Health Disparities Among Women With IDD

To ensure that pregnancy and access to health care are equitable and inclusive for women with IDD, Mitra and Rubenstein suggest that training and medical education be provided on disability for healthcare professionals. In the training, providers should learn how to provide quality care and target and adapt materials for these patients, especially for folks with low literacy. 

According to Rubenstein, it is also important to acknowledge that women with IDD want to have families, get pregnant, and have kids. Acknowledging this information can help people break down biases and preconceived perceptions about women with IDD. “If we start with that, then we can move forward with respect and dignity for all involved,” Rubenstein says.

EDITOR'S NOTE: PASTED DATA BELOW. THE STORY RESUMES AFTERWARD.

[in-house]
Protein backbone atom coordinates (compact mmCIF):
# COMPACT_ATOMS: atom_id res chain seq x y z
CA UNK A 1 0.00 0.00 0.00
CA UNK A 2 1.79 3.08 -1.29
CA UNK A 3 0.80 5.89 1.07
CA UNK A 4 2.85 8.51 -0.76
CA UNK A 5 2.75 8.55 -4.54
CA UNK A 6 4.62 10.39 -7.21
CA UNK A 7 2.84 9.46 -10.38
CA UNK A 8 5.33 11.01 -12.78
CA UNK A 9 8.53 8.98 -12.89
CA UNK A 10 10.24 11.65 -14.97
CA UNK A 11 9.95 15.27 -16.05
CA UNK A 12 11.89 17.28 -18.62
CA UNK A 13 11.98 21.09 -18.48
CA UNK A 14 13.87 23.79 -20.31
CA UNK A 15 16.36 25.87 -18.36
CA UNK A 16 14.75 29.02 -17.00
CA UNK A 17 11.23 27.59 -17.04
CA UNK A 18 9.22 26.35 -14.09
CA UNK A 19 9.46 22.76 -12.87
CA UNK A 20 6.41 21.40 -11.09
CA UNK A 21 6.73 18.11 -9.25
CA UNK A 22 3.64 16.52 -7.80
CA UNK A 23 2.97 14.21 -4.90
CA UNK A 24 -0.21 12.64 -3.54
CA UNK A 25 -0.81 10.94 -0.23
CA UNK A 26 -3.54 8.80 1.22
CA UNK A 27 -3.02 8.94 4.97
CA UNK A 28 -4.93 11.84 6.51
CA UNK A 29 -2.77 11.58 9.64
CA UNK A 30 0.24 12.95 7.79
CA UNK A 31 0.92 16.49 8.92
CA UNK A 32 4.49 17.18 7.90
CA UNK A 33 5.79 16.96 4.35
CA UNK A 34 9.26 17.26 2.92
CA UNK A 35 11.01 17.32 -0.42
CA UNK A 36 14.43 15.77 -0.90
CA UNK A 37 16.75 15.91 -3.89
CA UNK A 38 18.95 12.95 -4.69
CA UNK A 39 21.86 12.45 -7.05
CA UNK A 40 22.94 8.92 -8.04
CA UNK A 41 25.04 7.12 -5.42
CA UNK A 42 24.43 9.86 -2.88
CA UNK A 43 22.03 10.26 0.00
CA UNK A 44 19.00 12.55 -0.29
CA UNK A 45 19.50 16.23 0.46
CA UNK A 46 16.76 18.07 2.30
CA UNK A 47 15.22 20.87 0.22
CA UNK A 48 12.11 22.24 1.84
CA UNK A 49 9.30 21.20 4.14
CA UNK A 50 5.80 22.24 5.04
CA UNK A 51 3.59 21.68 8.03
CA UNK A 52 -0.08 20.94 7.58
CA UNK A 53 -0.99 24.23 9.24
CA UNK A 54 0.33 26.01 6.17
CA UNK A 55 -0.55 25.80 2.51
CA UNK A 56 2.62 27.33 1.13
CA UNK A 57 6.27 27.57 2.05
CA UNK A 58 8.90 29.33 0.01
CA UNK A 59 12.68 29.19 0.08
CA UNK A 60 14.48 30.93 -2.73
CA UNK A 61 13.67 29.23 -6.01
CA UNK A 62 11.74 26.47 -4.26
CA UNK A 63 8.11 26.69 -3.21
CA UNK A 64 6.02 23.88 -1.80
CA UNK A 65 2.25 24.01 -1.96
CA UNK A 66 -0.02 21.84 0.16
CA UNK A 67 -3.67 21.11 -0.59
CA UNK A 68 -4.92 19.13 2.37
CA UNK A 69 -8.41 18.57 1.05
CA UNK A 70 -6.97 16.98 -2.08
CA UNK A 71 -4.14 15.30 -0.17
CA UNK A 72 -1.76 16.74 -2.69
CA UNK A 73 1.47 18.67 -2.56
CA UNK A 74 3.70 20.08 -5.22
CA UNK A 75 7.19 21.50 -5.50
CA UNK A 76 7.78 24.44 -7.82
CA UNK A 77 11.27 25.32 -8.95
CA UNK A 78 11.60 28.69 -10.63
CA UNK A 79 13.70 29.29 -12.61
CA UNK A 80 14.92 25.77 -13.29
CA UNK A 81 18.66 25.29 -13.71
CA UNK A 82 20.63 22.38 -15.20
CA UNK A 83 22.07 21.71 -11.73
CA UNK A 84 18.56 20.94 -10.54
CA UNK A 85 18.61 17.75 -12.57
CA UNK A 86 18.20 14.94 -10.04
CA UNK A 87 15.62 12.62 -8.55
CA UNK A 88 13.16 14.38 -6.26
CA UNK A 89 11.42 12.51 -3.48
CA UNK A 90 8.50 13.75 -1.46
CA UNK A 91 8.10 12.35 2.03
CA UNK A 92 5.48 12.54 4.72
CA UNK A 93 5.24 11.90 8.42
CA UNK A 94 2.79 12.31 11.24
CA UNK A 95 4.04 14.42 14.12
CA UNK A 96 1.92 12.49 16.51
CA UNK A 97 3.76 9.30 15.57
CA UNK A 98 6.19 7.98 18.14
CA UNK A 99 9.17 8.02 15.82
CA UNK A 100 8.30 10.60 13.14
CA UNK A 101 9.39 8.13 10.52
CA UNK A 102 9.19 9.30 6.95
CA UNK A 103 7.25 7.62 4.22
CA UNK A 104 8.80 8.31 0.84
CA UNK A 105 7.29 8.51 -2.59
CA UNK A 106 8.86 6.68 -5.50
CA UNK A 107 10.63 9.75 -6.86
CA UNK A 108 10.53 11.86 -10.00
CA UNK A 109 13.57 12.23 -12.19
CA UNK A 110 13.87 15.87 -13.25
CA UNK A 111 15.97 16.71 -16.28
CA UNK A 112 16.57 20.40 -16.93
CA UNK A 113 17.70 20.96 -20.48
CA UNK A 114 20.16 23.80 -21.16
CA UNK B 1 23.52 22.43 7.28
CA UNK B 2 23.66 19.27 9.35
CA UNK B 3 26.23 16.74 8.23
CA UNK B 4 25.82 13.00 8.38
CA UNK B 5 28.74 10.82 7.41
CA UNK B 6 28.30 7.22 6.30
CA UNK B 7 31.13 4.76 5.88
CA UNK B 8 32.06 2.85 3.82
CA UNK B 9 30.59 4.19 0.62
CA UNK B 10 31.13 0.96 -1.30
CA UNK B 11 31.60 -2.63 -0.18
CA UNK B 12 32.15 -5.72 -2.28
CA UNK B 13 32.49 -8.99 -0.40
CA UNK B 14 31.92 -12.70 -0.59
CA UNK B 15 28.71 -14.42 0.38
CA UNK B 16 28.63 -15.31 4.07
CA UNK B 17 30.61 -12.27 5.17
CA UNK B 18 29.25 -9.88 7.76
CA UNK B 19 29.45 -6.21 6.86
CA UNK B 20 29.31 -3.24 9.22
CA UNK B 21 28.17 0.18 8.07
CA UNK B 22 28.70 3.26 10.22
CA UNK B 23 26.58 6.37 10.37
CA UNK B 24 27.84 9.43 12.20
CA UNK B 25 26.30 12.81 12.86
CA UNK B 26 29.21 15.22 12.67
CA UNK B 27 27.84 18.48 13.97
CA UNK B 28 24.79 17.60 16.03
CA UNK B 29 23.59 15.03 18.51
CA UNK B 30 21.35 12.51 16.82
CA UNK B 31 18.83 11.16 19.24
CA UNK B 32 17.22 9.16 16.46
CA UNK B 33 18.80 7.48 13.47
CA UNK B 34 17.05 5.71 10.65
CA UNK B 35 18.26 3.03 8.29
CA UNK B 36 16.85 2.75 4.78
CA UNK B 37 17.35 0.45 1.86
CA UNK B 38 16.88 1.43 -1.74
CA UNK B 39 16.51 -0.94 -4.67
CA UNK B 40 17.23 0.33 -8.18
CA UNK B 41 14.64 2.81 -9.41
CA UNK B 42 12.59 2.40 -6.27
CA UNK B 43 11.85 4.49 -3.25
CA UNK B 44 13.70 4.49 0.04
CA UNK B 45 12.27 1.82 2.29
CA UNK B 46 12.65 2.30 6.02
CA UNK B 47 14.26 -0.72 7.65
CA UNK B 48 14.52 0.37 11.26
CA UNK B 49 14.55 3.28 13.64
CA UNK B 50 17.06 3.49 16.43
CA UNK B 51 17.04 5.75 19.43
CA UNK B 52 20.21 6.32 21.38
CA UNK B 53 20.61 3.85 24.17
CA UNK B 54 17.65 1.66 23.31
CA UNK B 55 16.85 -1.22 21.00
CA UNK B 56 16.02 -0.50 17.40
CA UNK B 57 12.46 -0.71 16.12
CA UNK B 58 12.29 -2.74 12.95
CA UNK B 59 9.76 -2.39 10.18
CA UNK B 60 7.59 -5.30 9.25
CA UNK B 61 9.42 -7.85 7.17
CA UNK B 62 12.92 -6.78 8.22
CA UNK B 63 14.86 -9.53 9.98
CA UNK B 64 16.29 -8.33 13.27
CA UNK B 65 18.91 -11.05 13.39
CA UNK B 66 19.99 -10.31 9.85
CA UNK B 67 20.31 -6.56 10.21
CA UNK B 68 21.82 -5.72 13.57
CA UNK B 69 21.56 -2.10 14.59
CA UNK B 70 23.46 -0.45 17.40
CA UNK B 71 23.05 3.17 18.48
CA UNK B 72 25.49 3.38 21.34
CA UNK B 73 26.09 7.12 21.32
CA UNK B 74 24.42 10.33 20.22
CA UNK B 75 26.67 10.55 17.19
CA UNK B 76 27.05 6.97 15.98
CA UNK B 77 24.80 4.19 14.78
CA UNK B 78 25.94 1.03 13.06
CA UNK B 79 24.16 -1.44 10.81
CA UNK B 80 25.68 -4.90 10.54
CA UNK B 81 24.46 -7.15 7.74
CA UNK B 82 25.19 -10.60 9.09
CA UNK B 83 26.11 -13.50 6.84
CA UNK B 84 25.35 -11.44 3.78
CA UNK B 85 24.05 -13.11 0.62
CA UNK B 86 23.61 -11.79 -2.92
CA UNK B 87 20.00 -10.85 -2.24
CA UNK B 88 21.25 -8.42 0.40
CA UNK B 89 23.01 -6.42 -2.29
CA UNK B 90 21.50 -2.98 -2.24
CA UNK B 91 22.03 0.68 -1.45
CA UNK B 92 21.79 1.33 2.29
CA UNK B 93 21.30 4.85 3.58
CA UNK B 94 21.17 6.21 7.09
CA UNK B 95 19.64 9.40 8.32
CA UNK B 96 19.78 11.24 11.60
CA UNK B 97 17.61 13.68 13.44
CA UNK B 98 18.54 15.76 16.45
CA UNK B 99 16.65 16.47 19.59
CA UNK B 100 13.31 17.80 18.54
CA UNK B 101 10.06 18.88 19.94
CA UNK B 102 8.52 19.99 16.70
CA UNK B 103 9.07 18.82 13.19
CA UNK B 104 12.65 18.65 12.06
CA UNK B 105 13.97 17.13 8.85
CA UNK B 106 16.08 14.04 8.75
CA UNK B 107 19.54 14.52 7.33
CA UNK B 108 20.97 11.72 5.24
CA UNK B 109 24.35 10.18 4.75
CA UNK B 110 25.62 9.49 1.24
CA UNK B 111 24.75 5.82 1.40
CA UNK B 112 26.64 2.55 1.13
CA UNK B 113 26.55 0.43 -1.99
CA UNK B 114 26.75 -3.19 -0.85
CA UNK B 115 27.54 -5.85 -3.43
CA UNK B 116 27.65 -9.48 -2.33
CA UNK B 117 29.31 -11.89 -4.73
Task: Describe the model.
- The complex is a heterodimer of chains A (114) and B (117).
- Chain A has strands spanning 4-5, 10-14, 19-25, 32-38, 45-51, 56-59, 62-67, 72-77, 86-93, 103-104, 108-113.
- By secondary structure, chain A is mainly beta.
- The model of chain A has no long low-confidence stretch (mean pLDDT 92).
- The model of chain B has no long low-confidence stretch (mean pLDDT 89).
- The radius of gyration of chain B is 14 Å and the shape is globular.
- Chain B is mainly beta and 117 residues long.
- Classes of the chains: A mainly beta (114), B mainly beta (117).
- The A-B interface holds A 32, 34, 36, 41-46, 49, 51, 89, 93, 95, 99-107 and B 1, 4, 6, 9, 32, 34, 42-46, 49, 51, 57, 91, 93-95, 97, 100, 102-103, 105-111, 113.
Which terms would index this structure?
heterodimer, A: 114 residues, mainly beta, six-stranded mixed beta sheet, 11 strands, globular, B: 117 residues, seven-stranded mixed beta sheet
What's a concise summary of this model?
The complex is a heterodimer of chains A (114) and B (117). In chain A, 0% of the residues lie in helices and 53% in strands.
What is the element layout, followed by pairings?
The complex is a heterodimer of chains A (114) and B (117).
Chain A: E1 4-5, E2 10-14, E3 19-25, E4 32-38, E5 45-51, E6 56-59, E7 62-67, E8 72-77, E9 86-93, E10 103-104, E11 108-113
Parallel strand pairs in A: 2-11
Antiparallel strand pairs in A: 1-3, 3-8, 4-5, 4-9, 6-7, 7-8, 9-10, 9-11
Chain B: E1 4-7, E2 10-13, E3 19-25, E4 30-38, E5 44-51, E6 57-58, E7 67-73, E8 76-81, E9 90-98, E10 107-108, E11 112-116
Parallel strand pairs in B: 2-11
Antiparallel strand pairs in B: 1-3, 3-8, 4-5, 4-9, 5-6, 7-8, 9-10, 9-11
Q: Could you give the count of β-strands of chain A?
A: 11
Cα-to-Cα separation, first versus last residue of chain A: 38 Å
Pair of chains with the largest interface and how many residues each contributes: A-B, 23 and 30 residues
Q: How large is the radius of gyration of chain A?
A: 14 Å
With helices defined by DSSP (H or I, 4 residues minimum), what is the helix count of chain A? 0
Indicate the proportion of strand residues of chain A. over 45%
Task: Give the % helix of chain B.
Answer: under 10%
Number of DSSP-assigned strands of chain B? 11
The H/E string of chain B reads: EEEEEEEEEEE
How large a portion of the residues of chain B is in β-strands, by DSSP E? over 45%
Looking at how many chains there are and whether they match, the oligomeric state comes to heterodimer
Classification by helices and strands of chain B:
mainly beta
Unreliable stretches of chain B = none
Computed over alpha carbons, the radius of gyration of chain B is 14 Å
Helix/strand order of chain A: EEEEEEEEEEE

As the number of pregnant women with IDD grows, medical professionals need to understand how to provide care and communicate with women with IDD. “This is only going to be more common for women with disabilities to have kids," Rubenstein says. "So we need to be prepared to best serve and ensure optimal outcomes for this group."

To Mitra, caring for the health and wellbeing of women with IDD is of the utmost importance in order to provide a more equitable healthcare experience. “As a society, we want to ensure that people have access to good quality care, they feel supported, they feel safe," Mitra says. "And so we want to, as a society, ensure that everybody has access to this and it’s not just for a few people."

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4 Sources